Love, Simon – a new generational romantic comedy

Love, Simon is a delightful chaotic teen-drama full of emotional angst, crises and just the right amount of romantic tension. Think John Hughes (Pretty in Pink & Breakfast Club) for a 2018 teen.

The movie is an adaption of Becky Albertalli’s YA novel, Simon vs. the Homo Sapiens Agenda. The screenplay is by This is Us showrunners, Elizabeth Bergen and Isaac Aptaker and directed by Greg Berlanti. Love, Simon is the first major studio film to focus on a gay teenage romance.

At heart, this is a romantic comedy, and it employs some clichés typical to its genre, but it manages to feel fresh because it has a different spin than your usual romantic comedies. It feels new rather than tired and dull.

The movie focuses on some strong issues with lightness and humour. There are some genuinely funny moments in the film and the lead character Simon played by Nick Robinson is flawed, loveable and charming.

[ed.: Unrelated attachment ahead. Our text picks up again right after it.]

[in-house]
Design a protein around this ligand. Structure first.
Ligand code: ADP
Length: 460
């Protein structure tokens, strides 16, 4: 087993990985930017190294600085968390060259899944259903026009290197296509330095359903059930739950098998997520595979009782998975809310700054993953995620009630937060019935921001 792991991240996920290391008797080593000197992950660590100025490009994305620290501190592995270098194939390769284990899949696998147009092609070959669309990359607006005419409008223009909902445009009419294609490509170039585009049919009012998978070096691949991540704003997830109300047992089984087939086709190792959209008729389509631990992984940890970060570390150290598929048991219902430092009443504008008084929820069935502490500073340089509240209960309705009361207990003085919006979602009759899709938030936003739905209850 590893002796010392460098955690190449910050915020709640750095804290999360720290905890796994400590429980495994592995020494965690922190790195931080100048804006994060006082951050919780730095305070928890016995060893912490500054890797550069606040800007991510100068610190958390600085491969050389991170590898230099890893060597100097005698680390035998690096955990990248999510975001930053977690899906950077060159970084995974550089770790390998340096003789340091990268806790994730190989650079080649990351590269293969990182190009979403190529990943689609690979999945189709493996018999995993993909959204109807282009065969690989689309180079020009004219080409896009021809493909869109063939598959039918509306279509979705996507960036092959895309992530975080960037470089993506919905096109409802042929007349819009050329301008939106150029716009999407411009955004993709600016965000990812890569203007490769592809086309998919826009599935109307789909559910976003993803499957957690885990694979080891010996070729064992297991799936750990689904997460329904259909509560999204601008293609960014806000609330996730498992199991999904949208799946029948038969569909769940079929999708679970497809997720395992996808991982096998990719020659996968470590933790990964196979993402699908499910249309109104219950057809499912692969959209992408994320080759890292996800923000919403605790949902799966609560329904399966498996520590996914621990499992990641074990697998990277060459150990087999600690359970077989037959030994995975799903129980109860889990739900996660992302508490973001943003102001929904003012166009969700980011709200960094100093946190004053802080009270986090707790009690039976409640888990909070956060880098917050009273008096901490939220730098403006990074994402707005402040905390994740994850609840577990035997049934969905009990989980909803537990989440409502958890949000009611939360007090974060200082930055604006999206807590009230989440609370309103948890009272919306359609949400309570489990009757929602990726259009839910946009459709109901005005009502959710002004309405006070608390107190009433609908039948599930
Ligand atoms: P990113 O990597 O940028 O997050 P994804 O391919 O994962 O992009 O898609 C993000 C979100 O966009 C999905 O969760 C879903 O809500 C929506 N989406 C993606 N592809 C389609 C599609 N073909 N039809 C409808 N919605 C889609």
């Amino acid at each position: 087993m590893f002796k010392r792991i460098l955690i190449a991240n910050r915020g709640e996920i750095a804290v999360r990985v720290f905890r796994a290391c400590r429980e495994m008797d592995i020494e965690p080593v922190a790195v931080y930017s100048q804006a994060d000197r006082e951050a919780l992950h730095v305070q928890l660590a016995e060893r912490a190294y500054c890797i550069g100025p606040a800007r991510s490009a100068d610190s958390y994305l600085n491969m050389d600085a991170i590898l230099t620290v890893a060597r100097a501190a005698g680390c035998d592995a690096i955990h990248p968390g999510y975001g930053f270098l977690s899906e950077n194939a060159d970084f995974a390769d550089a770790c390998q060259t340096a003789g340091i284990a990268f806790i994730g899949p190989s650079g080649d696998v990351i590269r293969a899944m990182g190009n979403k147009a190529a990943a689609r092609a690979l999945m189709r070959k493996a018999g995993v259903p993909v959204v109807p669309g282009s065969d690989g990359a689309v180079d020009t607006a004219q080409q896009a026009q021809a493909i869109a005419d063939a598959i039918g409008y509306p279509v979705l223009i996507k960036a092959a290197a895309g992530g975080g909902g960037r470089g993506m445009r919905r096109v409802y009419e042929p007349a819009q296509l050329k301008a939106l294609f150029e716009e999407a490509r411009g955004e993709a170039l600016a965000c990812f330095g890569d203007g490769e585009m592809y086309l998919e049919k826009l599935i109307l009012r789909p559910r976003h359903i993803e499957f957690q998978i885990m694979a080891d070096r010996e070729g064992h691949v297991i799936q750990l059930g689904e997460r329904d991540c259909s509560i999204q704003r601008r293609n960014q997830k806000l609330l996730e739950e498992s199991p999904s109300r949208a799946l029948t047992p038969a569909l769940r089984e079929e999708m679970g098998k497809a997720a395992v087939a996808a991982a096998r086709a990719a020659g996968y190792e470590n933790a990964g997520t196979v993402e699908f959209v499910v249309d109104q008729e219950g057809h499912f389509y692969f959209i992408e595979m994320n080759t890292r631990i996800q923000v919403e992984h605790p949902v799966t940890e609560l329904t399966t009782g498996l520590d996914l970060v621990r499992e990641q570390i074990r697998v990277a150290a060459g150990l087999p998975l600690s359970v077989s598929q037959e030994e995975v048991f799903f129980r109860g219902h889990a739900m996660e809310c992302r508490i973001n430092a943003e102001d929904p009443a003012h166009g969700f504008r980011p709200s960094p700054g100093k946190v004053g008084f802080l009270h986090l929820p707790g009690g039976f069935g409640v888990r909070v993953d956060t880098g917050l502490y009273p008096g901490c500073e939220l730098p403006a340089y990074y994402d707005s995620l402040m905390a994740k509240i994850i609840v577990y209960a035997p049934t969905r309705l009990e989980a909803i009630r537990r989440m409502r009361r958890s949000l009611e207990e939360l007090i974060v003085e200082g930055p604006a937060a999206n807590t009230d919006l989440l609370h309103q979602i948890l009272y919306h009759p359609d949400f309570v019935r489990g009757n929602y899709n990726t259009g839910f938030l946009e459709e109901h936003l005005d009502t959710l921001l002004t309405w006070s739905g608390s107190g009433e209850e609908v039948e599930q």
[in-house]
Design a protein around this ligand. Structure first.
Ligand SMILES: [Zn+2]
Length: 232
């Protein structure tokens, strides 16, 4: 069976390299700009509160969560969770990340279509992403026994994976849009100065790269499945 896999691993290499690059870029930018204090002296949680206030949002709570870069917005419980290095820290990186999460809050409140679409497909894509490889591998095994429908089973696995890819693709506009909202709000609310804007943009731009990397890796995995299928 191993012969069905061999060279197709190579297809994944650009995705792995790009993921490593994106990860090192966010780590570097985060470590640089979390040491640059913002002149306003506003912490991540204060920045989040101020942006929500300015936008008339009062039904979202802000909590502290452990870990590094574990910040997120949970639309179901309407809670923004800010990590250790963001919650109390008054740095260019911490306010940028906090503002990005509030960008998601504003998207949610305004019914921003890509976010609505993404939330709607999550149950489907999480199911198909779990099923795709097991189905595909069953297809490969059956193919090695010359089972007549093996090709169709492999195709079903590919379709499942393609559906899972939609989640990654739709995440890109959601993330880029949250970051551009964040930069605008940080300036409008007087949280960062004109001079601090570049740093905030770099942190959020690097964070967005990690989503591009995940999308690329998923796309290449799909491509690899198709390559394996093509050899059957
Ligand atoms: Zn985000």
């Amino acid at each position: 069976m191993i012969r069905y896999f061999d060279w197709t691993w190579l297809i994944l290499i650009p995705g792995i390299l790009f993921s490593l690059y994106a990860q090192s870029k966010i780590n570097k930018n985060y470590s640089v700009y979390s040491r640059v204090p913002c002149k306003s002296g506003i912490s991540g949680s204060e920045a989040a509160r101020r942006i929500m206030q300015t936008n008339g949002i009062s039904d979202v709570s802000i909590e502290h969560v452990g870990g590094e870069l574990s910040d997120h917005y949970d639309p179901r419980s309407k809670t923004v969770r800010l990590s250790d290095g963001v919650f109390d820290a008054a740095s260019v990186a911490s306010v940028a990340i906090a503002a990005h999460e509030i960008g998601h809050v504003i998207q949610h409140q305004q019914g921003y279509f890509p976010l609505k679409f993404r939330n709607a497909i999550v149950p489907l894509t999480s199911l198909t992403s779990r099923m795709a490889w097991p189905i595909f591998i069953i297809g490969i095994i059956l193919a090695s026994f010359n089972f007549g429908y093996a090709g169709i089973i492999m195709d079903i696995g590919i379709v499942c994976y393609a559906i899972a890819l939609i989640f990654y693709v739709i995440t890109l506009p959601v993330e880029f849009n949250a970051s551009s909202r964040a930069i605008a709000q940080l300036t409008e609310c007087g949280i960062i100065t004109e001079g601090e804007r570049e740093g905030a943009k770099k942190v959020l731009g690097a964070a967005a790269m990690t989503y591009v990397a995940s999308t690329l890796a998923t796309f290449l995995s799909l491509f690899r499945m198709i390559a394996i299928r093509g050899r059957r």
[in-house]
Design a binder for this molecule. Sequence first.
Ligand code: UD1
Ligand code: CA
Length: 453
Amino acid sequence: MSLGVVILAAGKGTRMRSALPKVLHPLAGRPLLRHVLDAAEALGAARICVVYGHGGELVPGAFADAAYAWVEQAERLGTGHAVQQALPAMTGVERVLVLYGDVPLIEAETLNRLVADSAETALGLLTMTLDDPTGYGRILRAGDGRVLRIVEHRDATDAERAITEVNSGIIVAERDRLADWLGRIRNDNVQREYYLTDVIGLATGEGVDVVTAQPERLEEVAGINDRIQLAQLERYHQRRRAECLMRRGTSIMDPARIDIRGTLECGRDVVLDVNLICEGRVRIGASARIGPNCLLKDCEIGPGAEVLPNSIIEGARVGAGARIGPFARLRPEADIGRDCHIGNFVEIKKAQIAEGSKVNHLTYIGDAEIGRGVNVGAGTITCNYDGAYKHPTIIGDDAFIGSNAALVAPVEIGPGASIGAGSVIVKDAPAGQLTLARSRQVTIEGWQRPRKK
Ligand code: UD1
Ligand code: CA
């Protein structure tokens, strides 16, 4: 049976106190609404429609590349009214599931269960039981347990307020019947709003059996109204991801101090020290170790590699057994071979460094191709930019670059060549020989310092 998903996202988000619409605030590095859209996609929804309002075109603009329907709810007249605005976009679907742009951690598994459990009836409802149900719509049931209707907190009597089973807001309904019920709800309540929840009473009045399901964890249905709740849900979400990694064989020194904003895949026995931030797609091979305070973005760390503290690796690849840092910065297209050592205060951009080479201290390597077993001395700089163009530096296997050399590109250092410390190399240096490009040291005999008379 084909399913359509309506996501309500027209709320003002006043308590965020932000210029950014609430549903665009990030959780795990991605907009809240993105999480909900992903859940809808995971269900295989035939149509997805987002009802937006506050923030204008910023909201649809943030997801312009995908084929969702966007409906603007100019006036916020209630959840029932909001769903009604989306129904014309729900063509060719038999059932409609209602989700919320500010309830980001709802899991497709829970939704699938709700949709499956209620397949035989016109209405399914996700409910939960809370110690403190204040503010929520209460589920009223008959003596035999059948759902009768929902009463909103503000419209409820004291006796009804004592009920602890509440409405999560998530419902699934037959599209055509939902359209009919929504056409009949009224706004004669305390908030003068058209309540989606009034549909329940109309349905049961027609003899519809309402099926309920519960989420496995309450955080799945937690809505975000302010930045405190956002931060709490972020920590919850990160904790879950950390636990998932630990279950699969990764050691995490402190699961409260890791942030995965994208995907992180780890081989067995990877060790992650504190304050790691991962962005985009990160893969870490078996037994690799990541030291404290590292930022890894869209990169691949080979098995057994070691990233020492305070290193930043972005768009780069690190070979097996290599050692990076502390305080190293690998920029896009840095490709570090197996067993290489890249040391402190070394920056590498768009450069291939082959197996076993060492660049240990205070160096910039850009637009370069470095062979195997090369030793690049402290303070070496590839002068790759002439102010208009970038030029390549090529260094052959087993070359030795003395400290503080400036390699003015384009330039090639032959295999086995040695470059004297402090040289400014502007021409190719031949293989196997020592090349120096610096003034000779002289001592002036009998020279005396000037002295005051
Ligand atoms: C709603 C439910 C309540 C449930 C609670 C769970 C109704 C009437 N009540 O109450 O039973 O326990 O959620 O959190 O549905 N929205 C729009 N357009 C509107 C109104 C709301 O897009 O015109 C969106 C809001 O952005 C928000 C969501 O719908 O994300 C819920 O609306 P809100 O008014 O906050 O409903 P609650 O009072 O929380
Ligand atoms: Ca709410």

Love, Simon has a strong supporting cast, but their stories aren’t fully developed compared to Simon’s story, which is understandable given the length of the film. There are some awkwardly hilarious scenes in the movie which come about because the characters are complicated and imperfect.

Aside from Simon’s parents played admirably by Jennifer Garner and Josh Duhamel, the only other adult characters are Mr Worth (Tony Hale) and Ms Albright (Natasha Rothwell). Hale plays the awkward vice-principal and Albright, the long-suffering drama teacher. Both characters are comically over-dramatic and offer little more than comic relief, but for some reason, the over-the-topness works.

Love, Simon is a good-natured movie, and it is a modern take on a classic genre. The film is likeable, warm and idealistic and you know what considering the cynical and sometimes depressing world we live in there is nothing wrong with a little idealism. The movie ends happily, but it feels entirely deserving.